According to the Associated Press, the U.S. Court of Appeals for the District of
Columbia gave the government the okay to move ahead with the rules, designed to force more controls on coal-burning power plants and other pollution emitters, such as heavy-duty trucks.
The trucking industry, as well as utilities and manufacturers, have challenged the regulation. In addition, some states have said that the effect of traveling smog has been exaggerated and pollution controls would cost too much.
According to the ruling, 19 states east of the Mississippi have four months to submit to the EPA plans for reducing nitrogen oxide, an ingredient in smog, by May 2003. Some of the states will have to impose tougher controls than others. Tall utility smokestacks in the Midwest, Ohio Valley and parts of the South have been blamed for much of the traveling smog, reports the AP.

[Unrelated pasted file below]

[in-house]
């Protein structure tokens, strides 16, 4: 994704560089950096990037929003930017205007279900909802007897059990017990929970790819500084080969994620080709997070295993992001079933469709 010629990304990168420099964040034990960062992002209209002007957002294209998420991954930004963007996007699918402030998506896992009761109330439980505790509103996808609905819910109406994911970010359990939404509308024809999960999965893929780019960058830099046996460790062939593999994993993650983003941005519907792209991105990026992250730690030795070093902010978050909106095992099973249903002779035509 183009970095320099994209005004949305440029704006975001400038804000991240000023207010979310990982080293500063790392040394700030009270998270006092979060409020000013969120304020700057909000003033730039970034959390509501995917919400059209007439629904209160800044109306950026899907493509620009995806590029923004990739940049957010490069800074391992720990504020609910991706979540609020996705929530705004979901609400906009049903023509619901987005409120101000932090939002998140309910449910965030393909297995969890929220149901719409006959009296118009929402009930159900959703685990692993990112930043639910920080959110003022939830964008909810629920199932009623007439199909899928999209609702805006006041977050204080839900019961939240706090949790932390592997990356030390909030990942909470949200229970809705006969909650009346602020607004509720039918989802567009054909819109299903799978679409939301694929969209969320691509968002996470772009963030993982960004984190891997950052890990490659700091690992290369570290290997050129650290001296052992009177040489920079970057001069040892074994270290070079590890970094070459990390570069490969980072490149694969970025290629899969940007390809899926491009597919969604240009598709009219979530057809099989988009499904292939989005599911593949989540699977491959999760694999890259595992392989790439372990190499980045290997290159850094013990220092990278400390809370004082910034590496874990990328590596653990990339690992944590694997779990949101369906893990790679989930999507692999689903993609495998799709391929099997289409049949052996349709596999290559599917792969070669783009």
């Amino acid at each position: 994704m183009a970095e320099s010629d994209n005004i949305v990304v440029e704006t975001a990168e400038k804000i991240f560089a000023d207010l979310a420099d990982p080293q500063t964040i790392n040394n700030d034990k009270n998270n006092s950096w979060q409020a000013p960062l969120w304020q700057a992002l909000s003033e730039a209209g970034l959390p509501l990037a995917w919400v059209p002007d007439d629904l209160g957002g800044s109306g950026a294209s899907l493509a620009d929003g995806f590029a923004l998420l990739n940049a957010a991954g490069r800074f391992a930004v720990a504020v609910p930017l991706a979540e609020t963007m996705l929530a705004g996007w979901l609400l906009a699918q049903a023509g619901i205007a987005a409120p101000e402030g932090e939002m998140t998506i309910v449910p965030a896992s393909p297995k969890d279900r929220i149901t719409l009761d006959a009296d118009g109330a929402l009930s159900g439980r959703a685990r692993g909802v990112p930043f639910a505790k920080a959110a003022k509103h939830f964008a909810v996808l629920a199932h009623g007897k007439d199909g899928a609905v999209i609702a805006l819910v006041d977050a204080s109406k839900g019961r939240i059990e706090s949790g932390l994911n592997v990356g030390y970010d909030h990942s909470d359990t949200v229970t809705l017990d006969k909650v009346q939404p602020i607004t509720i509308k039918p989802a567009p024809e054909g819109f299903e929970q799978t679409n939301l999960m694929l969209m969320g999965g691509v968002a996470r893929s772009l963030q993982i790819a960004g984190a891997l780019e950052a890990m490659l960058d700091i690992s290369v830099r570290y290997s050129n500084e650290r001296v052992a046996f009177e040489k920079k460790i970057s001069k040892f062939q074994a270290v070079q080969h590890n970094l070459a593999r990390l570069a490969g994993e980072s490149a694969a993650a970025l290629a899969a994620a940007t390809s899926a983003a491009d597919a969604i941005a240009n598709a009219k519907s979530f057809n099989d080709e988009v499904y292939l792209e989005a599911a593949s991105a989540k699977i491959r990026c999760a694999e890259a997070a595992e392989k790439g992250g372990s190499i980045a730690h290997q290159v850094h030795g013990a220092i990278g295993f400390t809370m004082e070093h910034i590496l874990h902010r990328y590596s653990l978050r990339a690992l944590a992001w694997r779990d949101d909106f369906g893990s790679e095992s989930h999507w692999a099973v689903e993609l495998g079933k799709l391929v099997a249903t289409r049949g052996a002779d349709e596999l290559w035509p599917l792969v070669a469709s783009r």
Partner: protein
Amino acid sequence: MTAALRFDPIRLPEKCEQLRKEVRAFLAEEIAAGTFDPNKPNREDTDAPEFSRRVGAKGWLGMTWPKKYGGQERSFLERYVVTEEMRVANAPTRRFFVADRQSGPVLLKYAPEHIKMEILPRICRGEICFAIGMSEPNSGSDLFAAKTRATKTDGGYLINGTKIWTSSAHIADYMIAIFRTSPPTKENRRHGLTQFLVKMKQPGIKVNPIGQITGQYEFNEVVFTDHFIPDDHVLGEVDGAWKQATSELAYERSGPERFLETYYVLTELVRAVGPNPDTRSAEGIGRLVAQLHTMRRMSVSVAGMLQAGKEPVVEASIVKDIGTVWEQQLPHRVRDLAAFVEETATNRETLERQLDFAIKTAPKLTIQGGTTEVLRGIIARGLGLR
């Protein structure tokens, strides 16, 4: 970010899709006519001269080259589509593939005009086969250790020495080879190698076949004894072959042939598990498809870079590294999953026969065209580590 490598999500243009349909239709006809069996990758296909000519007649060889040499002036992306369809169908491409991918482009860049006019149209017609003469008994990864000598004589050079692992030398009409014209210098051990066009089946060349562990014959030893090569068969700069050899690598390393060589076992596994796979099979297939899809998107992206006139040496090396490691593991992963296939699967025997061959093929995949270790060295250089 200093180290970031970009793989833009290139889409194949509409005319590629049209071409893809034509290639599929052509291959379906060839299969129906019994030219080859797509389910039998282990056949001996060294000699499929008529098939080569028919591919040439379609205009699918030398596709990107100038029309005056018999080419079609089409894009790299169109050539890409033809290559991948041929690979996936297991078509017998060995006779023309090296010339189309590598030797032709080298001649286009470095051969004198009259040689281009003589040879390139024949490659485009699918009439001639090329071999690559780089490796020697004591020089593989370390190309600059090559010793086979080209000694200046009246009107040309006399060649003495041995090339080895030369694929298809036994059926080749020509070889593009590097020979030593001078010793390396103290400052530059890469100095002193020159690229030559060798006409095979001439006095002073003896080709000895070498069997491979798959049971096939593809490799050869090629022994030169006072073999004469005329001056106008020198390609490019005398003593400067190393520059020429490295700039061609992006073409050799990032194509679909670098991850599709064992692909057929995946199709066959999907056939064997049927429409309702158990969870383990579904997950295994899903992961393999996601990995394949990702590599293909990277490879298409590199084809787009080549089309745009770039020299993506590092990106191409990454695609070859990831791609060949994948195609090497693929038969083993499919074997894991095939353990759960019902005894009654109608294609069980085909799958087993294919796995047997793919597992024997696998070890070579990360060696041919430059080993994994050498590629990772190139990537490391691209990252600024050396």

Michigan, the lead plaintiff in the case, argued that it was wrong for a policy not based on scientific evidence to be put into law. State officials there had not decided whether to appeal to the Supreme Court.
EPA Administrator Carol Browner called the decision a major environmental victory. "It means that over a hundred million people will now breathe healthier air as the result of significant reductions in harmful emissions from the most polluting power plants throughout the region," she said in a written statement.
Whether the states get tough on power plant emissions or go after the exhaust of cars and trucks will be up to each individual state, as will the methods used. The EPA says going after utilities would probably be the cheapest way for states to conform, according to the AP.
The states affected by the ruling are Alabama, Connecticut, Delaware, Illinois, Indiana, Kentucky, Maryland, Massachusetts, Michigan, North Carolina, New Jersey, New York, Ohio,
Pennsylvania, Rhode Island, South Carolina, Tennessee, Virginia and West Virginia.